Repatriation and collections online

Should cultural institutions be primary caretakers or should families be encouraged to look after their own heritage. Is a museum or archive’s role to collect unique material for the benefit of society or should private collectors share the expense of the storage and conservation. The Sisters of Mercy West Perth, in Western Australia, has recently faced this very quandry which resulted in the photographic album being returned to the family. Before repatriation, the images were digitised and put online through the Collections Australia Network (CAN).

GirlposingPortrait of student of St Brigid’s College, Perth, Layfayette Studios, c1934

Annie Medley found a beautiful black album in the Sisters of Mercy West Perth archives, its pages filled with silver gelatin prints of convent school life at St Brigid’s Lesmurdie. The album belonged to student Betty Phillips who, after caring for it for 70 years, decided to donate it to the archives with the belief that her family would not care for it. But in 2009, Mrs Phillips’ children asked for the book to be returned to the family. The sisters honoured this request but it has been a great loss to the archive collection. Ms Medley, a congregation archivist at the Sisters of Mercy, started researching the history of the book and its carefully composed images made by Layfayette Studio in the 1930s.

These investigations have raised questions such as – Could the album have been used to advertise the school to prospective students and their parents or was it made specifically for Betty Phillips? What is unusual about the album, she says, is that it is the only one known to exist. She encourages anyone to come forward who knows of another example of this documentation from the between the war period.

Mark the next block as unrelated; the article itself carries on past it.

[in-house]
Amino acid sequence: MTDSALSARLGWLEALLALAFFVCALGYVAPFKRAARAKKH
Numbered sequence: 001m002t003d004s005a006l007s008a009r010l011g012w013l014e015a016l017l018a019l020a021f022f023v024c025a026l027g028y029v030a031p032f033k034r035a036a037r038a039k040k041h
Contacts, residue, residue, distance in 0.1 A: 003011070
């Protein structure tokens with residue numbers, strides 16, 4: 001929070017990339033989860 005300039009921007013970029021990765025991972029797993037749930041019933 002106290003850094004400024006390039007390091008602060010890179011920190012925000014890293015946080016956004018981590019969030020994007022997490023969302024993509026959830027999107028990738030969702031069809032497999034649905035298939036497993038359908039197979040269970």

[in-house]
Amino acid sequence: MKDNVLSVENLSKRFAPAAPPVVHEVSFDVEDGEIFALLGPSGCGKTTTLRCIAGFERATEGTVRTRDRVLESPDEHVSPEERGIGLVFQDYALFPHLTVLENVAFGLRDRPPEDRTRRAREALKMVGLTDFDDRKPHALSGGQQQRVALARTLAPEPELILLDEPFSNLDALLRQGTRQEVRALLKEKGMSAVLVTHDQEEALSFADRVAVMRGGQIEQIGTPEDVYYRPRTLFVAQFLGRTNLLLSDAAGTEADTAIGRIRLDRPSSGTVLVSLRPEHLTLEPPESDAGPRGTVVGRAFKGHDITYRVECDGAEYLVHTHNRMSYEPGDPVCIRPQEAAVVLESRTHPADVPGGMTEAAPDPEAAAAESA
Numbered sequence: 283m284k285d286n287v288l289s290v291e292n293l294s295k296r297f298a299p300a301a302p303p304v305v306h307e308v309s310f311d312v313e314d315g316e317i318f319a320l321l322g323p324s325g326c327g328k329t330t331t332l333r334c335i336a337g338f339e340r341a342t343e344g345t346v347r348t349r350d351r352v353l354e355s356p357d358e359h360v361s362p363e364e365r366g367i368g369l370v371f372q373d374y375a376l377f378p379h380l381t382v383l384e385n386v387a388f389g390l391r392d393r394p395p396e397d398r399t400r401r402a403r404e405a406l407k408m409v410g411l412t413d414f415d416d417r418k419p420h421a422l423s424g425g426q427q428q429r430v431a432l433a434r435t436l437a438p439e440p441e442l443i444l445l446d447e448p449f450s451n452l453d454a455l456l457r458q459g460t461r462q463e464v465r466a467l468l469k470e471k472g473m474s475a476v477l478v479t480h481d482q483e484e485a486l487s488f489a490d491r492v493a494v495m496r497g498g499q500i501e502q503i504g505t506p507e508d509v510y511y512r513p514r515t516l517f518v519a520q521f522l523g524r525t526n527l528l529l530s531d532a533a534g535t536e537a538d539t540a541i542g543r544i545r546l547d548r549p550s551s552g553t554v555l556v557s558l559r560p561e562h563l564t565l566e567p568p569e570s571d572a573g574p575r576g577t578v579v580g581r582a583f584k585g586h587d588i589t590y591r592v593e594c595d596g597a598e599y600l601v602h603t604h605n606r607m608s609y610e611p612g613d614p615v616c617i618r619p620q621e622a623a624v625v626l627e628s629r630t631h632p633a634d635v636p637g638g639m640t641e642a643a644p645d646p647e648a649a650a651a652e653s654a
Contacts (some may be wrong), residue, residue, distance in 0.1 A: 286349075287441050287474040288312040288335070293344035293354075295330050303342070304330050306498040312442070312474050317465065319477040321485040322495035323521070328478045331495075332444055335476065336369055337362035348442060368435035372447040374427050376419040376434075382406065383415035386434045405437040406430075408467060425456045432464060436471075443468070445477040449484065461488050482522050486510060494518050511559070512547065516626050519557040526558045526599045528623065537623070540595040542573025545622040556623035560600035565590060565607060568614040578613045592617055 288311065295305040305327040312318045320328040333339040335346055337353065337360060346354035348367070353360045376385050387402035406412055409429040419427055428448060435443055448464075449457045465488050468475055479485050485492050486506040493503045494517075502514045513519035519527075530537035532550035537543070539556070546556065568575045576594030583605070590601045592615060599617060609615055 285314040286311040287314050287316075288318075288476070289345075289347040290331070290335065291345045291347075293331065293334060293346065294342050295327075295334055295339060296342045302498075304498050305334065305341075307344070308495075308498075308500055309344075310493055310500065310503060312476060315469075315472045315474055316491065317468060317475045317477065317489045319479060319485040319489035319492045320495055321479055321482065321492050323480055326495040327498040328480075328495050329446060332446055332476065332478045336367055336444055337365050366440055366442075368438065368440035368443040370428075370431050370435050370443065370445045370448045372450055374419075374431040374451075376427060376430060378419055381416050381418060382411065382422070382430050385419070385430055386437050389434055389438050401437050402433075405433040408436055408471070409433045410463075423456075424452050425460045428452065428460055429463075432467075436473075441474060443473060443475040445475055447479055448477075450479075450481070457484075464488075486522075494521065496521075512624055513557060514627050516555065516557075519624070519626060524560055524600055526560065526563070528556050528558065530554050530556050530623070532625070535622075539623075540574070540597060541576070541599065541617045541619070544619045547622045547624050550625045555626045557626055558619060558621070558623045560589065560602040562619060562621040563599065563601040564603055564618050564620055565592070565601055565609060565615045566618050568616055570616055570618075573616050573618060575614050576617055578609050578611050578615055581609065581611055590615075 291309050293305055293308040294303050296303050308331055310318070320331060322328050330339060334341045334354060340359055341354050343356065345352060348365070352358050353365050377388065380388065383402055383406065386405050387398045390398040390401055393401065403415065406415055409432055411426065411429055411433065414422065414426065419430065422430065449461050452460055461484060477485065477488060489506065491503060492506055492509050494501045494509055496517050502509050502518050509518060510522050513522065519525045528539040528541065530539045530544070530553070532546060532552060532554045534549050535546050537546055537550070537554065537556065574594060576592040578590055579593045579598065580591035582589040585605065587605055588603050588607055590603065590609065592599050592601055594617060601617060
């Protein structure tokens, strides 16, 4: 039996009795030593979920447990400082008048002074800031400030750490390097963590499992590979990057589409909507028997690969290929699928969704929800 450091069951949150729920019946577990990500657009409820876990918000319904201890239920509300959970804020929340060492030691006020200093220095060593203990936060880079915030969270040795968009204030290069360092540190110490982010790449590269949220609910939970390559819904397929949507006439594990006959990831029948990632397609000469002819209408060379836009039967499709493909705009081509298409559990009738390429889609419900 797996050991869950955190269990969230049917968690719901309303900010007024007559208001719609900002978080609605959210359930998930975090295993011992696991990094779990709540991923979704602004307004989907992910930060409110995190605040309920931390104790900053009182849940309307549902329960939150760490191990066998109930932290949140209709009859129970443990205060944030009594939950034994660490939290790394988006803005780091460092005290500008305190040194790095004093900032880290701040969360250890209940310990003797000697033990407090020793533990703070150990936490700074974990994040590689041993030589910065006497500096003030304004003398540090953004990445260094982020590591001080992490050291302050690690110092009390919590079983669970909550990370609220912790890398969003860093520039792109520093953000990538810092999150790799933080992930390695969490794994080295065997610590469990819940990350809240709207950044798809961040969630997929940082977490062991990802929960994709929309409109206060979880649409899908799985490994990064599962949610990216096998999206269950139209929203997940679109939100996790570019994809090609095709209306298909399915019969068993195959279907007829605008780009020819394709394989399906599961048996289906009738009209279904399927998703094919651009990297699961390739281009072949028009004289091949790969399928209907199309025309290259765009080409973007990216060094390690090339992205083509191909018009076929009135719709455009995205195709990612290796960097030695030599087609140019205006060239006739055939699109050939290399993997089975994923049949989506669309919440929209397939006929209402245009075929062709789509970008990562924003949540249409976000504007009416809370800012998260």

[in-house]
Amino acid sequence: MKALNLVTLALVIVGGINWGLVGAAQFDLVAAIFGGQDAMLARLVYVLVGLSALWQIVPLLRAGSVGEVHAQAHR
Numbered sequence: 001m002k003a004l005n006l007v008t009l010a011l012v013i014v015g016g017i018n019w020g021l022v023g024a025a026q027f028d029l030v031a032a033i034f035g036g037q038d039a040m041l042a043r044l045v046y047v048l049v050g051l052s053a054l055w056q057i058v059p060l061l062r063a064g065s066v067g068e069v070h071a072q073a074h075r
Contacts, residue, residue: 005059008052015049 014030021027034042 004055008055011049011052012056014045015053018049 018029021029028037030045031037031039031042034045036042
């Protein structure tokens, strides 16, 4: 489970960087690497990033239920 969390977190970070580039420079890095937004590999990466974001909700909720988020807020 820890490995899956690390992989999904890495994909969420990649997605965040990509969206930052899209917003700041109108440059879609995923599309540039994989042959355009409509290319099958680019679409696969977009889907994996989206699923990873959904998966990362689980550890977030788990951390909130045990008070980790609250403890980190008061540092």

As soon as the family asked for the album to be returned, Ms Medley worked hard to produce high quality scans of the photographs and photographed the album before repatriating the unique material. This week the Collections Australia Network (CAN) put the photographs online so that this remarkable record of lifestyle in a 1930s convent can be accessed by other students and the Sisters of Mercy across the world.
Interior of boarders bedroom of St Brigid’s College Lesmurdie. Layfayette Studios, c1934.

3 Responses to “Repatriation and collections online”

  1. Catherine Robinson Says:


    It was interesting to read about the repatriation of the photo album from the Sisters of Mercy archives. From an archival perspective, the repatriation raises a number of issues of practice.

    * Did the archives have a donor agreement with the donor?

    * What should be in a donor agreement? And how legally binding are donor agreements?

    * Why did the archives return the album rather than copies of the photos?

    * In returning the photo album to the family, did the archives establish an agreement with the family about future access to the album? Is it possible to establish terms and conditions when repatriating archives?

    * What guidance was given to the family to ensure the preservation of the photo album?

    It would be great to learn some more on the repatriation of the photo album and to discuss issues of donor agreements and repatriation.

    best wishes


  2. Annie Q. Medley Says:

    Dear Catherine
    In response to your email, yes we did have a donor agreement but this was waived. The Album itself was the object of significance and attachment for the family not the individual images. No agreement was entered into for the future but the album was returned archivally packed with instructions for care and a conversation about this was had with the family member.
    Regards Annie

  3. Annie Q. Medley Says:

    PS if anyone wants to contact me directly about this item my details are below.
    Annie Q. Medley
    Congregation Archivist
    St Brigid’s Convent of Mercy
    60 John Street
    Tel +61 (0) 8 9328 6991
    Fax +61 (0) 8 9328 3090

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